Primitive People

Francine Prose’s fine new novel is a tightly wrapped, ominously ticking package. You keep expecting it to explode. It never does. Just when you think you have come to the anticipated grisly climax of Primitive People, you discover that what you’re holding in your hands is a comedy, though not exactly a jolly one. All’s well that ends with minor lacerations. (Having tamed an early urge to fantasy, Prose has made a specialty of incisive, abrasive, comic realism in her recent books, including Bigfoot Dreams and Women and Children First.)

The theme of this novel, which takes a young Haitian woman from the ”daily riots and killings and strikes” of her own country to the placid Hudson Valley region of upstate New York, is peace and disquiet: ”This was life like clockwork. This was peace, not war. And yet it didn’t seem peaceful, though Simone could not have said why.”

You’ll have no trouble saying why. It’s because Prose orchestrates a portentous atmosphere thick as a blood pudding. Simone, who entered the U.S. through a bogus marriage to a Haitian Brooklyn cabdriver, is already skittish when she arrives in Hudson Landing, N.Y., to take care of the two children of Rosemary Porter, a rattled 40-year-old woman whose rich husband, Geoffrey, has left her and who is trying to console herself by taking up sculpture. The mansion has belonged to Geoffrey’s family since colonial times, though the eeriness is a recent addition. The family portraits in the attic have their eyes cut out. When Simone is groping her way through the fogbound woods, she brushes up against a dead sheep hung from a tree. When she ventures back into the woods with the kids, they are shot at. It’s the opening of hunting season, but there are dark rumors about the Count, the degenerate Bavarian on the neighboring estate. And there’s a snowstorm full of menace. And then there’s Geoffrey, condemned as a womanizing ogre by a chorus consisting of Rosemary, her hard-edged best friend, Shelly, and Shelly’s foul boyfriend, Kenny. But when Simone meets Geoffrey, she finds a charming, bantering man ”slighter and more boyish than the lumbering monster she had been led to expect.” He seems to be good with little George and Maisie, who stay with him on weekends. But why do the kids seem so subdued, sometimes tearful, after these visits? And why does he refuse to let Simone pick them up at his house?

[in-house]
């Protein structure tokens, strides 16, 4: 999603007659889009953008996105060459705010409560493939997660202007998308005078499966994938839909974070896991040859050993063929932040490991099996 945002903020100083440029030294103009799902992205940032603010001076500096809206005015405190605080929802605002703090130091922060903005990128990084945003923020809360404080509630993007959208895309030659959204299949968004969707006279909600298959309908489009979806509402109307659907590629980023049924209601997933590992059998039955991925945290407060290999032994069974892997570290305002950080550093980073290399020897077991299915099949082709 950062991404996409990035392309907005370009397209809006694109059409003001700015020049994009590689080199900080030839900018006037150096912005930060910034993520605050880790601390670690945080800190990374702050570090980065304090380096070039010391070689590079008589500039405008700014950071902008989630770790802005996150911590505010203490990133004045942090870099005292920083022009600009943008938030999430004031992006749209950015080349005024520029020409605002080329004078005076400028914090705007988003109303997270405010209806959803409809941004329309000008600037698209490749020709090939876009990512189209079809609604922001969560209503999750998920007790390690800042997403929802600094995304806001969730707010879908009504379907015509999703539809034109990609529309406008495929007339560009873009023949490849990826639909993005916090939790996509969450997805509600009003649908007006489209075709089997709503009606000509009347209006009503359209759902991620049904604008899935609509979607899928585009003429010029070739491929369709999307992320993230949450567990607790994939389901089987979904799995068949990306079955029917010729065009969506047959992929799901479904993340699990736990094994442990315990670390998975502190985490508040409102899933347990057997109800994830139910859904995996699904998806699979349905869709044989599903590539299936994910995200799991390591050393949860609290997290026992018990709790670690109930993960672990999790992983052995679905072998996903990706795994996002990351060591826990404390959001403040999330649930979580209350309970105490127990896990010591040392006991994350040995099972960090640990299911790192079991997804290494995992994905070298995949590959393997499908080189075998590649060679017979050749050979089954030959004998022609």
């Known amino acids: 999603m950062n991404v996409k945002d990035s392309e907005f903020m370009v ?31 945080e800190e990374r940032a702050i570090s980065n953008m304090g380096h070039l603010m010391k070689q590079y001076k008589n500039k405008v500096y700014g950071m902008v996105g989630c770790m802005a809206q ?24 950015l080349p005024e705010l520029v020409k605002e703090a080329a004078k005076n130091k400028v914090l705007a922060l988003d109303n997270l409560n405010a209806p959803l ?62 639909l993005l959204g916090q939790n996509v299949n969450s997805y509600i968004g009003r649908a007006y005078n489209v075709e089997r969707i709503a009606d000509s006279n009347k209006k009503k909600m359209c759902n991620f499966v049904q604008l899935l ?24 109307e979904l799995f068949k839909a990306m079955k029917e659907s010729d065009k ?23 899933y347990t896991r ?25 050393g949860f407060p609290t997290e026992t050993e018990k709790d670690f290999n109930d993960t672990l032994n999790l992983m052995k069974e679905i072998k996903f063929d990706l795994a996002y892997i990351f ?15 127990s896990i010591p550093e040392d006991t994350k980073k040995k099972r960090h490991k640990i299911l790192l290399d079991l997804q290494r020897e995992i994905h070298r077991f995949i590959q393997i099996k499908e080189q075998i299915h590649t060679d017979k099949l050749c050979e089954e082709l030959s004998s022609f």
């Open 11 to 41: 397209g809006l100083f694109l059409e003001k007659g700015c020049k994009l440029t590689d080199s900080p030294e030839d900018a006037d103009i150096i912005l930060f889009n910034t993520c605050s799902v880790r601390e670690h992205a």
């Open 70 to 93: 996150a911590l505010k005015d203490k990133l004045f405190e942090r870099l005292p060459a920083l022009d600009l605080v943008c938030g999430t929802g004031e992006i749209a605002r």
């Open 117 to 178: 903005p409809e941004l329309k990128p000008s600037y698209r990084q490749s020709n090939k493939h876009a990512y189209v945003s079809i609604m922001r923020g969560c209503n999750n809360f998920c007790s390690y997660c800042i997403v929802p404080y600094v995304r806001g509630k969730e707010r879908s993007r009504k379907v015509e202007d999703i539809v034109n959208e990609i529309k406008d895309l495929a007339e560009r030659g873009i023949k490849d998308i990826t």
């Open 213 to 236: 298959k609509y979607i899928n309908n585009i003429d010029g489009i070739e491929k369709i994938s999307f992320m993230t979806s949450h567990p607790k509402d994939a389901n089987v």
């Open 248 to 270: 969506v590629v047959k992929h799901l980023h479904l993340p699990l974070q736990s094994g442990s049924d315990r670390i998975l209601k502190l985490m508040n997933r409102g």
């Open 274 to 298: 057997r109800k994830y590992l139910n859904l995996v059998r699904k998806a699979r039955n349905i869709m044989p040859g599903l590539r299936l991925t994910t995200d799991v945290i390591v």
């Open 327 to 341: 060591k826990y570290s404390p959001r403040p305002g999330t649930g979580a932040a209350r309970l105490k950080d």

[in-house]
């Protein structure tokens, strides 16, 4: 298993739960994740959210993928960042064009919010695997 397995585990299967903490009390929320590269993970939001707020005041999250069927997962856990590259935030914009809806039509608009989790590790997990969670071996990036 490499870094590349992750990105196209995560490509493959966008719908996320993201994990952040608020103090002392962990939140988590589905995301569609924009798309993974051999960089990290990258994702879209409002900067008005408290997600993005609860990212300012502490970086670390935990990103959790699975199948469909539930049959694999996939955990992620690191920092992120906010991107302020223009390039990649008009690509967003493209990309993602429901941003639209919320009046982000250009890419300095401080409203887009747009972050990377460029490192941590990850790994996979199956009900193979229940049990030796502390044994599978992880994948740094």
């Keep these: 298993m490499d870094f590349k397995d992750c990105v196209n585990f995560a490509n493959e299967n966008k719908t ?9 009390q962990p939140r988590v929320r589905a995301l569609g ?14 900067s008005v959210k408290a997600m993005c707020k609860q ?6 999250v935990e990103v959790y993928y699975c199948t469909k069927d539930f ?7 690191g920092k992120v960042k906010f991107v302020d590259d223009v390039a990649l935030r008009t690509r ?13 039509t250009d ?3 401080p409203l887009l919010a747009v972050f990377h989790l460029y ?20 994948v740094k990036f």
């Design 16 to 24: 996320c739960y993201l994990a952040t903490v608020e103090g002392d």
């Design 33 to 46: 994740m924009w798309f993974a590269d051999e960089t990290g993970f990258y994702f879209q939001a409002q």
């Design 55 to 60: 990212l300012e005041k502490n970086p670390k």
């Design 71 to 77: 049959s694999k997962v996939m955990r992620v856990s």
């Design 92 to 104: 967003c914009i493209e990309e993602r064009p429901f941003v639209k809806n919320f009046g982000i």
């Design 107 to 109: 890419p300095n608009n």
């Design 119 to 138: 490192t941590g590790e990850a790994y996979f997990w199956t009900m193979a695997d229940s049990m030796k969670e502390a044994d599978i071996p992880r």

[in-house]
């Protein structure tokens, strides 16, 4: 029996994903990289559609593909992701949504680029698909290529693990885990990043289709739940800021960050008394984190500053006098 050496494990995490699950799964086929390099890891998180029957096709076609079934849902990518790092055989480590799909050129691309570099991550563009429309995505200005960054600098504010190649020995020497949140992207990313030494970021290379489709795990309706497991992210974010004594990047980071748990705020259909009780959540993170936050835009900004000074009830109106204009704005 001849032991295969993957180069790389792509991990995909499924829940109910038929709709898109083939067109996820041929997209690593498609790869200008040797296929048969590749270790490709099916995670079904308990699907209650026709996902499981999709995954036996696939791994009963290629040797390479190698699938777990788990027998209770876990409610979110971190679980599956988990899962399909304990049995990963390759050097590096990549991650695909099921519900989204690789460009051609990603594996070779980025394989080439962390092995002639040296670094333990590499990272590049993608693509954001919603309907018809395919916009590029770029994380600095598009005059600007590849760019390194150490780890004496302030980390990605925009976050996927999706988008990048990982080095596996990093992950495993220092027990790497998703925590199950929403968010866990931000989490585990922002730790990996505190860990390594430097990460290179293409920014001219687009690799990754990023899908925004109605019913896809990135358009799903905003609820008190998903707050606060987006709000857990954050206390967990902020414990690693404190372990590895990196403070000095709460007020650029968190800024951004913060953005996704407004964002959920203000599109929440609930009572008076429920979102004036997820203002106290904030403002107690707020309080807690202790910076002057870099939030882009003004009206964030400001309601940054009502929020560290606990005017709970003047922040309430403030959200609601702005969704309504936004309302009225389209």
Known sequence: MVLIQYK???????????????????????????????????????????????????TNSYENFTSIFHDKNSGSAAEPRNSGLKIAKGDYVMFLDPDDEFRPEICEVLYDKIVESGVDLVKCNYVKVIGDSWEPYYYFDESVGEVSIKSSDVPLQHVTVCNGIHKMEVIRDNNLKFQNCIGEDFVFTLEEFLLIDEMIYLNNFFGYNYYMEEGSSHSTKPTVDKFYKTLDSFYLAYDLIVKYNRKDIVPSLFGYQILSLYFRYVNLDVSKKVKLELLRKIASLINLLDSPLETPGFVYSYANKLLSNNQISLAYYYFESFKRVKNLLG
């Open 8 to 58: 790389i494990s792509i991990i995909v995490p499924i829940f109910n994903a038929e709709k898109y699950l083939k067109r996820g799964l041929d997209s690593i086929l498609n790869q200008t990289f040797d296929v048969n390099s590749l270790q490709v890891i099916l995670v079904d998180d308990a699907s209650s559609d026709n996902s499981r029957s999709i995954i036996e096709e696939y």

Prose gradually pulls our more lurid expectations out from under us, administering surprises instead of shocks. There’s a fair amount of contrivance in this, but more than a fair amount of wit to go with it. Her American characters are sophisticated and clever, bristling with belligerent jokes, self-inflicted psychological jargon, and up-to-the-minute nutritional anxieties. But their breezy conversation, like their feckless lives, flirts with chaos; they are shallow, rude, blundering. Or, to underscore the irony of the title, they are primitives, and Simone is the somewhat baffled and lost explorer among them (they treat her with nonchalant equality but are patronizing about Haiti, too). Their violence may be more subtle than the sort practiced in Haiti, where Simone found a dead man ”sliced open from his collarbone to his waist” near her house, but it’s real, and the children, brought to delicate, precise life by Prose, are its chief victims. The ”sacrificial spirits” of the voodoo cults cross borders: ”Every little cruelty was an offering on their altar.” Yet there are comic spirits on hand here as well, still grimacing amid the gathering gloom. And Prose’s prose is strong. This is a novel in a minor key, but just about perfect.

Primitive People
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